This blog was written by Kristin Pekoll is the Assistant Director of the American Library Association’s Office for Intellectual Freedom.

“The freedom to read is essential to our democracy. It is continuously under attack. Private groups and public authorities in various parts of the country are working to remove or limit access to reading materials, to censor content in schools, to label ‘controversial’ views, to distribute lists of ‘objectionable’ books or authors, and to purge libraries. These actions apparently rise from a view that our national tradition of free expression is no longer valid; that censorship and suppression are needed to counter threats to safety or national security, as well as to avoid the subversion of politics and the corruption of morals.” ALA Freedom to Read Statement

The American Library Association’s Office for Intellectual Freedom tracks censorship and challenges in libraries and schools all over the country. We gather firsthand accounts of removed, restricted, or expurgated books, dismantled displays, applied warning labels, required permission slips, disinvited authors, canceled programs, and blocked internet resources.

Every year we compile the public cases into a Field Report that includes descriptions, locations, and resolutions. Most often, censorship is hidden from public awareness at all costs. With our new reporting form, there is a huge increase in the number of cases we can talk about even if they’re not reported in the news.

It’s during Banned Books Week that we highlight the value of free and open access to information and shed a light on censorship. We talk about these cases. We write about intellectual freedom. We raise our voices against restrictions on reading.

Censorship thrives in silence; silence is its aim.
—James LaRue

Banned Books Week brings together the entire book community—librarians, booksellers, publishers, journalists, teachers, and readers—in shared support of the freedom to seek and express ideas, even those some consider unorthodox or unpopular.

For Banned Books Week 2017, ALA is focusing on the power of words and the strength of voices that come together to defend books, ideas, and viewpoints. In April we released the Top Ten Most Challenged Books of 2016 with a few powerful infographics and an amazing video.

At least 50 percent of reported book challenges take place in school libraries and classrooms.

Paper Towns by John Green was challenged in Cumberland County School libraries in Tennessee but ultimately retained.

• In Kansas a parent requested that the Weenies series by David Lubar be removed from the middle school libraries in Lower Nazareth Township because “the chapter titles are sexually suggestive to middle-schoolers, contains anti-Christian concepts, and didn’t have happy endings.”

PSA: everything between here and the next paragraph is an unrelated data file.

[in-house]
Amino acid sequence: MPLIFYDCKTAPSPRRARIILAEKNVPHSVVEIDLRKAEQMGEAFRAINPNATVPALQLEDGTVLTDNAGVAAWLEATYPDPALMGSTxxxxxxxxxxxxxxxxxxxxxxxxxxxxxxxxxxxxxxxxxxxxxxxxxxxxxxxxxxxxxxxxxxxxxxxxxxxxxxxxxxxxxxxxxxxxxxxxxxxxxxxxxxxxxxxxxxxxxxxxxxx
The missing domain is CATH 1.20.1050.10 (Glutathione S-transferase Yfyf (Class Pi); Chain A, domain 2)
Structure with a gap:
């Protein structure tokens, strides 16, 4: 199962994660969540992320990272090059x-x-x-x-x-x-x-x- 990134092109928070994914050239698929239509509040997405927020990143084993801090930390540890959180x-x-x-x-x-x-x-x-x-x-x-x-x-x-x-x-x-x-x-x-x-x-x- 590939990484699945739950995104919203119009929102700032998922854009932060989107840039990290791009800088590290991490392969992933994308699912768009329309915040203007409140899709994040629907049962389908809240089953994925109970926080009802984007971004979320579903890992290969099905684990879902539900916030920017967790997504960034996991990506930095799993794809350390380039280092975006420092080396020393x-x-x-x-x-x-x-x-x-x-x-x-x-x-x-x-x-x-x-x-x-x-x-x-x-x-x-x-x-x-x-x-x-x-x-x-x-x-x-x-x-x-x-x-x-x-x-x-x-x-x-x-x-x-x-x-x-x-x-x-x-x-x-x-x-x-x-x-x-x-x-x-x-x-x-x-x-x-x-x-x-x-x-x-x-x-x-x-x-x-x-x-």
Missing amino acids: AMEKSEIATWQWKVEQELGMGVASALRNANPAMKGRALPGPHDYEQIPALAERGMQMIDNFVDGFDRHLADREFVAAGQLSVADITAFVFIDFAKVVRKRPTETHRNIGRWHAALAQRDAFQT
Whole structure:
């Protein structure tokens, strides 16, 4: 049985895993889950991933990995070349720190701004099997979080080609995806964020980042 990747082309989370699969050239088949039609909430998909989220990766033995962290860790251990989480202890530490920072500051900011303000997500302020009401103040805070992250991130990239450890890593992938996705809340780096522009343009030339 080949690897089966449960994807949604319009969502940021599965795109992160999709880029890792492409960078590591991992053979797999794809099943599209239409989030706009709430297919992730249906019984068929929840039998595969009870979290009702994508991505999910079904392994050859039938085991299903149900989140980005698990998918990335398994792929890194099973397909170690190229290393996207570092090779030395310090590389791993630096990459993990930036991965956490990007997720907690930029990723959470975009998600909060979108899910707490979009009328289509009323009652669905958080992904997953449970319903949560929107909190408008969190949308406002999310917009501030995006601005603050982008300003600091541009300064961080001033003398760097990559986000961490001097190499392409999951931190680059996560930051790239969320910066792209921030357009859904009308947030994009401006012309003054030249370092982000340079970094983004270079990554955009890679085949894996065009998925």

• Because of a complaint from a parent in Minnesota, This One Summer by Mariko Tamaki and Jillian Tamaki was removed from the K–12 school library. Later the school board voted to remove the book from general circulation and only provide access for tenth to twelfth graders.

• In Colorado the superintendent overruled the reconsideration committee and banned from the middle school libraries Perfect Chemistry by Simone Elkeles because of language and sexual explicitness.

• After the original Netflix series based on the novel aired, Thirteen Reasons Why was removed from the libraries of eight school districts. Three other school districts opted to retain the book despite the controversy.

George by Alex Gino has been challenged in multiple school libraries in Vermont, Michigan, Oregon, Virginia, and Maine. Most of these cases are confidential but include concerns related to the main character wishing to transition from male to female; one concern was about the use of the word porn.

• A principal in North Carolina requested that ttyl and ttfn by Lauren Myracle be removed from the school library because of “language and content.”

Each individual who demands censorship infringes on the First Amendment rights of readers. Even students. The Supreme Court held in Tinker v. Des Moines Independent Community School District that students do not “shed their constitutional rights to freedom of speech or expression at the schoolhouse gate.”

Each request to remove a book eliminates the voices of storytellers and dismisses the needs of readers who find themselves in those pages. The majority of challenged and banned books include underrepresented populations. While “diversity” is seldom given as a reason for a challenge, it may in fact be an underlying and unspoken factor: the work is about people and issues others would prefer not to consider. Often, content addresses concerns of groups who have suffered historic and ongoing discrimination.

Now more than ever people are standing up against the silencing of storytellers. Most threats are unsuccessful thanks to the teachers, librarians, authors, and even kids who rise up against censorship. Their words have power. These resilient readers know that banned books benefit our worldview, our empathy, and our democracy.

Kristin Pekoll is the Assistant Director of the American Library Association’s Office for Intellectual Freedom supporting teachers and librarians who are facing censorship. You can reach her on Twitter @kpekoll, @OIF, LinkedIn, or email kpekoll@ala.org.  

Students Have a Right and a Need to Read Diverse Books

We know our classrooms should be rich with diverse books, but we may need explanations to share with colleagues about why we choose a diverse book over an old standard and, perhaps, recommendations on which books to select and a few ideas for how we might use those texts in our classrooms. NCTE, its members, and friends offer the following.